I think this question is a game-changer in the fact that – if nothing else – that it stresses IT’S NOT ABOUT CURRICULUM!!

    This feels so freeing to me and yes, also daunting also as you said. Because there is nothing to find “out there”. I need to look within myself and within my children to cultivate (I love that verb and will be pondering it for sure) a prayerful attitude.

    So, so grateful for our connection.
    Love and light.
    Today and always.

    1. I have been thinking about this since this morning and wanted to clarify my ALL CAPS. I am referring to specific curriculum choices – not the Waldorf curriculum in general. One insight I had this past weekend was the richness of a curriculum based on story, the arts and the journey of the soul – which I believe the Waldorf curriculum to be. So I want to be able to hold that larger vision and not get mired in the details of which particular book I am using for which particular block. Yes?

      Easier some days than others.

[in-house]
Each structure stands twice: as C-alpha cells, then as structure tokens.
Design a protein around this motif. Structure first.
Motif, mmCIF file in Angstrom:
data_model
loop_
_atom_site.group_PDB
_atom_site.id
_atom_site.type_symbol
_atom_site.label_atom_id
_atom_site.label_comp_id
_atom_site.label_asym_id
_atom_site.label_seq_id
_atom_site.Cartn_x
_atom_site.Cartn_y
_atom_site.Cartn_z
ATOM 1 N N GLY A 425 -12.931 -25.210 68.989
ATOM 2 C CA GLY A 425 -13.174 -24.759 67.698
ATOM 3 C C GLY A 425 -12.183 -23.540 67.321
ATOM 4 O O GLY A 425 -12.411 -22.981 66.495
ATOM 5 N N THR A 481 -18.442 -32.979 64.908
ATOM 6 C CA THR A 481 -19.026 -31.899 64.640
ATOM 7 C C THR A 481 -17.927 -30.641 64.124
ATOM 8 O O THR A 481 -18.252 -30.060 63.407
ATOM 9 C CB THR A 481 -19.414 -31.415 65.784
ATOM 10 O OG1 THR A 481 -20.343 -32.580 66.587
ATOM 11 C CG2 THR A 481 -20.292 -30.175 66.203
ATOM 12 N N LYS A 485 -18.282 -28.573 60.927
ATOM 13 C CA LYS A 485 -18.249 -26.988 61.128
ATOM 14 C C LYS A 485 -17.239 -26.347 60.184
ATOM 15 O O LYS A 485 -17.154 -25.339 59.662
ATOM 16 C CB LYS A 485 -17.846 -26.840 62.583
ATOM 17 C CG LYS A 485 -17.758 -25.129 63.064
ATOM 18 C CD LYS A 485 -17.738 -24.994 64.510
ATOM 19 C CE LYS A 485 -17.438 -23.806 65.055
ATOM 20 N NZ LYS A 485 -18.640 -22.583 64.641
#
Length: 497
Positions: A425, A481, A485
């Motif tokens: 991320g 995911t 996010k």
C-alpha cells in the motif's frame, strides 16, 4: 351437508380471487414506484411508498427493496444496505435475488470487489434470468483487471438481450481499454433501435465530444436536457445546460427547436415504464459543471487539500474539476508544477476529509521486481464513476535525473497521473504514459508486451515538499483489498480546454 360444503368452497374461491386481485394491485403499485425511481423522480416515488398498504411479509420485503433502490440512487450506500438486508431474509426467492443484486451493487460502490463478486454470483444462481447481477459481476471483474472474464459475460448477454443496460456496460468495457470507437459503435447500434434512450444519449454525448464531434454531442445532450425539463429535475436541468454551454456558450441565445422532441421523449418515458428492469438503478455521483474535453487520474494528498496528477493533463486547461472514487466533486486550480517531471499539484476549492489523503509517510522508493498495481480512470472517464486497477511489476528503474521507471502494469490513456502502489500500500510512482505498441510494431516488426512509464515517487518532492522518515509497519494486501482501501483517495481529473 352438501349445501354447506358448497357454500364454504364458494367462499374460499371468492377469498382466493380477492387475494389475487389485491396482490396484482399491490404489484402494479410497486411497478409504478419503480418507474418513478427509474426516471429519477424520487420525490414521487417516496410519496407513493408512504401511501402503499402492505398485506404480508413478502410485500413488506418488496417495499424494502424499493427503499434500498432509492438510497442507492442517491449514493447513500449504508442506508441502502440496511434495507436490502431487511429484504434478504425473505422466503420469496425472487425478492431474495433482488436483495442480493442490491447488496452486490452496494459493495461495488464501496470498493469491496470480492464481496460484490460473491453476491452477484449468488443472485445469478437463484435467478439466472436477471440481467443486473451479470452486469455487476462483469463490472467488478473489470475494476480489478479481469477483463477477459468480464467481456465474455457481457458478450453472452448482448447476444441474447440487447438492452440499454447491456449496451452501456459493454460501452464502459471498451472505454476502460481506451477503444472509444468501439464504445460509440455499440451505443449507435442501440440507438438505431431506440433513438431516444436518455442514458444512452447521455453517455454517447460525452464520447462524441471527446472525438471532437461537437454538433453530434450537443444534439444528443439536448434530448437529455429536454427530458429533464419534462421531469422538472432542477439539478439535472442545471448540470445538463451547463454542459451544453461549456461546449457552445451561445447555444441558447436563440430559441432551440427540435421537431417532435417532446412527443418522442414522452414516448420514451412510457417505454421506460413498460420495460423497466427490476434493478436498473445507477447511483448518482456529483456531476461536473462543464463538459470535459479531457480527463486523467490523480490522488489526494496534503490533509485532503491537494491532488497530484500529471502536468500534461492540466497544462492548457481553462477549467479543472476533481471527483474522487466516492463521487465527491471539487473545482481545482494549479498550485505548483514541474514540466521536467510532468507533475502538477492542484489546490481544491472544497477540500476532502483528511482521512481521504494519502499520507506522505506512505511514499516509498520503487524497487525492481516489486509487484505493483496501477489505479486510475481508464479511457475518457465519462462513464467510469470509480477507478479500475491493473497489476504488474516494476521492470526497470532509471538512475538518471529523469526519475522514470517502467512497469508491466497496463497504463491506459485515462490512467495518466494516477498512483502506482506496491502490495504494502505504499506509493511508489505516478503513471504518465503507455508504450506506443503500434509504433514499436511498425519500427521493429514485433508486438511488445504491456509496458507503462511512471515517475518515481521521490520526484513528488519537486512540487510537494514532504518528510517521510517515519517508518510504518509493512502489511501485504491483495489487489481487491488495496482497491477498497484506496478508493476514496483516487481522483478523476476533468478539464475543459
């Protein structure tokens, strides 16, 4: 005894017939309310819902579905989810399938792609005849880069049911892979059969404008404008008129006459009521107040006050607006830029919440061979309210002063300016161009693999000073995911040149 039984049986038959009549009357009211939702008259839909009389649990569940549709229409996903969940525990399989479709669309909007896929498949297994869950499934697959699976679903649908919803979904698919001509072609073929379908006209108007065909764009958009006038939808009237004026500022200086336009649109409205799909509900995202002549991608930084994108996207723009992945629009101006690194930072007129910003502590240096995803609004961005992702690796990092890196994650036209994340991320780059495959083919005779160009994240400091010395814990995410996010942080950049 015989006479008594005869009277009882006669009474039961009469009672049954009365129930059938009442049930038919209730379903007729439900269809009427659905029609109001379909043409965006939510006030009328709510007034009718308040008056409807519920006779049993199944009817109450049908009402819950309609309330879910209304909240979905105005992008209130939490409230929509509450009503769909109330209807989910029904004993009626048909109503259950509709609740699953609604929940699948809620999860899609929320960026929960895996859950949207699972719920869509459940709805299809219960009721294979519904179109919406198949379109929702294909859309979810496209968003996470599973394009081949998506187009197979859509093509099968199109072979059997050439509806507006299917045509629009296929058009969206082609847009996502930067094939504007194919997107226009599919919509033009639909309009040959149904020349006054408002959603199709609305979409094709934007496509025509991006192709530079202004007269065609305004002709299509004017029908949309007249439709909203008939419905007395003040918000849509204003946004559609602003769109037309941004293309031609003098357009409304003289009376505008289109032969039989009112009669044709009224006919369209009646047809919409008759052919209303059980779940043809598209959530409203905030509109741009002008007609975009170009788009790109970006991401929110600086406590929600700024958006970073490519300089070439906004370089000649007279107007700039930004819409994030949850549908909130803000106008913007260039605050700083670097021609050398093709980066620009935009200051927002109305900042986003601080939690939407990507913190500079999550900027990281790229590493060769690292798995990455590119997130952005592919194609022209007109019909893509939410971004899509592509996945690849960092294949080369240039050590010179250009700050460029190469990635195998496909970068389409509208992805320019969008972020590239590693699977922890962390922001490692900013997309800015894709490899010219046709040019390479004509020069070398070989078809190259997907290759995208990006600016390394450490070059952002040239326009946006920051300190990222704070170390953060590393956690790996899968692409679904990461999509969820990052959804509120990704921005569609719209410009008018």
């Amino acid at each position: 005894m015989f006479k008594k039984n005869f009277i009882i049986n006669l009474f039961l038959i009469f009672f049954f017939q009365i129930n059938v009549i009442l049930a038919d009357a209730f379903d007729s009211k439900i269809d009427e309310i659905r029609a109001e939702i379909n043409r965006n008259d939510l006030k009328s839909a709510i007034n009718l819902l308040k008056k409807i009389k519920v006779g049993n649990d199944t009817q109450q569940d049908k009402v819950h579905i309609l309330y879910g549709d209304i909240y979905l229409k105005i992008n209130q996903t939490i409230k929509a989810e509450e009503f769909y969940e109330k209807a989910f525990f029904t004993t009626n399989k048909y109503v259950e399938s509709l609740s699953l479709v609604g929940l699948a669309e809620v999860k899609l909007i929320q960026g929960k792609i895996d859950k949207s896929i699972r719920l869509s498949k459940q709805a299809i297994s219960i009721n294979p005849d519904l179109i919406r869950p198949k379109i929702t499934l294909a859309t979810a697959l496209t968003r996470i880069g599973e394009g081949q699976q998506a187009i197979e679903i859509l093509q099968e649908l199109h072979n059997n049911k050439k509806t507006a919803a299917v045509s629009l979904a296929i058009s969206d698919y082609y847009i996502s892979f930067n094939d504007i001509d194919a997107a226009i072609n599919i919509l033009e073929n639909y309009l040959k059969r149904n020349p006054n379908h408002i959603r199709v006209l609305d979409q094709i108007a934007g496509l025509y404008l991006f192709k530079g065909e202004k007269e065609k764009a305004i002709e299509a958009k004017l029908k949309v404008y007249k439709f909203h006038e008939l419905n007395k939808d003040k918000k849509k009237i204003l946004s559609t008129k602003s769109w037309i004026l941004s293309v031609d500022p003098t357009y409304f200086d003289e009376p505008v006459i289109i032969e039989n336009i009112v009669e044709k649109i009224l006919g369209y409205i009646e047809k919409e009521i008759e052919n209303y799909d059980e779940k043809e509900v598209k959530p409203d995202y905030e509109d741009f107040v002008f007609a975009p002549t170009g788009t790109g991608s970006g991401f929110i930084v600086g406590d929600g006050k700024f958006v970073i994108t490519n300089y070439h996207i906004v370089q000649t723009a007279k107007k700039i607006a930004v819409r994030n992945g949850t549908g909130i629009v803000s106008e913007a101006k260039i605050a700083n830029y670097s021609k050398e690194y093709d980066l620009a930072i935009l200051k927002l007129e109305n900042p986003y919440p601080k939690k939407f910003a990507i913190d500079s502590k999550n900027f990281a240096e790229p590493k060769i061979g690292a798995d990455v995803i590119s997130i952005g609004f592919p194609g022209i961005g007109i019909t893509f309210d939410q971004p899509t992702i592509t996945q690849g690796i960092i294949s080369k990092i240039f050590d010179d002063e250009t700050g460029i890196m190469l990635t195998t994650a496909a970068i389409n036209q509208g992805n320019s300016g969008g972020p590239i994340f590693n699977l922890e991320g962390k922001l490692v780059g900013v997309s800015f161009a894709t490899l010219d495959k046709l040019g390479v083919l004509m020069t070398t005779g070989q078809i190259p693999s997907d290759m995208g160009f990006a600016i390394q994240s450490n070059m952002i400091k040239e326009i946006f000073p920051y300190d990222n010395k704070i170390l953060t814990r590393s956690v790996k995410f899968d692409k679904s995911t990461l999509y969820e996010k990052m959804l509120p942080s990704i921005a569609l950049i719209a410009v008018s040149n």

1. I love the ALL CAPS!!! Because I really believe that all of Steiner’s comments about paying attention to the children before us and that we could really pick any book for history and all of his philosophical discussions are pointing to this very thing: it’s not about which particular books we pick. (That said, of course we want stories that are alive and beautiful and speak to our souls! So in that sense it does matter.) But absolutely, the main point is that it’s a much larger vision. Much larger. And this lecture points to that fact…that we are really wanting to keep the whole lifetime in mind as we are doing this! (A bit challenging, I admit.) Love your insight that came to you during your spiritual direction training: “the richness of a curriculum based on story, the arts and the journey of the soul.” Thank you, my friend. I am so grateful as well.

  2. When I fell in love with this educational model it was this very aspect that I fell in love with. At the time, there was virtually (ha!) no information online about Steiner-Waldorf and I didn’t even know about the wooden toys, handmade dolls, play-silks or festivals. I only knew about the grades education, and what drew me in, what spoke to MY soul, was (to quote Sheila), “the richness of a curriculum based on story, the arts and the journey of the soul.”